Making a name as a solo artist

  • Alouette Batteau Contributed photo

For the Recorder
Published: 10/29/2020 8:51:09 AM

Alouette Batteau, of Shelburne Falls, may be only 19, but she has already made her mark on the local music scene as the drummer/vocalist/songwriter of the popular indie pop-rock trio Kalliope Jones and as the former lead singer for the rock band Raspberry Jam. Now you can add ‘solo artist’ to her list of musical accomplishments.

On Saturday, Oct. 31, Batteau will release the EP “Turn Me Honest,” the follow-up to her solo debut “Extra Vacation Days,” which came out in June.

In March, Batteau found herself back home in Shelburne Falls when Vassar College in New York, where she was a freshman, closed due to the pandemic.

Suddenly, she had time on her hands; it seemed like the perfect time to do some solo recording.

“I have always been interested in a solo project but never really had the time and I was scared to do it because I’ve always been in bands,” said Batteau, calling from Vassar College, where she is a sophomore double majoring in political science and Hispanic studies. “Especially with Kalliope Jones, I’m able to bring my songs to them and it turns into a fully arranged piece, but having to do it all myself was rather daunting.”

It’s easy to understand why this would be daunting when we consider that she’s been a member of Kalliope Jones since she was 10 years old. The group, which also included Isabella DeHerdt on guitar/vocals and Amelia Chalfant on bass/vocals, formed at the Institute of Musical Arts in Goshen, where collaboration is encouraged.

On both of her EPs, Batteau played all the instruments and did all the arrangements.

The only outside help she received was from her father, musician Brook Batteau. Both her parents are musicians who have played in various local bands together, and her dad helped with the recording, mixing and mastering. 

The music on “Extra Vacation Days” were songs that Batteau had written while at college. After that EP was completed, the songs kept coming so she decided to make another record. “Turn Me Honest” was completed right before it was time for her to head off to school.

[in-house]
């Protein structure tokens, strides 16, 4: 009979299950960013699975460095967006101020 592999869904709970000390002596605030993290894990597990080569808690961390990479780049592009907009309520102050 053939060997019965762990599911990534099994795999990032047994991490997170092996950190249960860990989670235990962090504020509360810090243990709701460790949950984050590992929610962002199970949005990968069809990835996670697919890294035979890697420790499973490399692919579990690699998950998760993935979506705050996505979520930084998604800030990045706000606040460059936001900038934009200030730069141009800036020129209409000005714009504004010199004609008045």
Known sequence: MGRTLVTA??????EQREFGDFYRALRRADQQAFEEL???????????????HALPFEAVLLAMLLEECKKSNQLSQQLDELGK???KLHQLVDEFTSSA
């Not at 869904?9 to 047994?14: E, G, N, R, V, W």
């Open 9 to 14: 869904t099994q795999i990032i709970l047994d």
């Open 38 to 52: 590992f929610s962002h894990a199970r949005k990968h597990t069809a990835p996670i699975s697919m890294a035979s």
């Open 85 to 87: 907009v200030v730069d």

The six songs on “Turn Me Honest” show a young woman reflecting on where her life is at while living through some unsettling times. Batteau’s writing is honest and real as she wades through a myriad of emotions and crafts the perfect accompaniments for her poetic lyrics. Musically, she displays her previously unheard talents as a multi-instrumentalist and as an arranger who can take a song into new and interesting directions.

The disc opens with “Romeo,” a love song full of hope and anxiety set against a percolating synth beat that sounds straight out of the 1980s. It’s an upbeat, danceable tune that paves the way for the more quieter, introspective material that dominates the disc.

“Pepto Bismal” is a dreamy guitar tune that gives us the EP’s title. “You make me want to cry in a good way/You’re Turning me honest,” she sings in her expressive voice. ‘Turn Me Honest’ really reflects where my life is at now that I’m in college. High school for most people is a time where you feel that you have to conform to the cliques and the high school experience,” said Batteau in regards to how she chose the EP’s title.

“Everyone at Vassar is so eclectic,” she added. “I can do whatever I want, so ‘Turn Me Honest’ is just showing that college has turned me honest and my friends have turned me honest and I’m able to be myself here.”

She expanded on the concept with the album’s artwork.

“I made the album art a picture of me from high school with a doodle of a face over my face, and that’s showing here’s a version of me that’s not quite honest,” she said. “You can be honest in weird faces like that in your own art, but you can also be honest and vulnerable in taking that mask away. I just liked the juxtaposition of that.”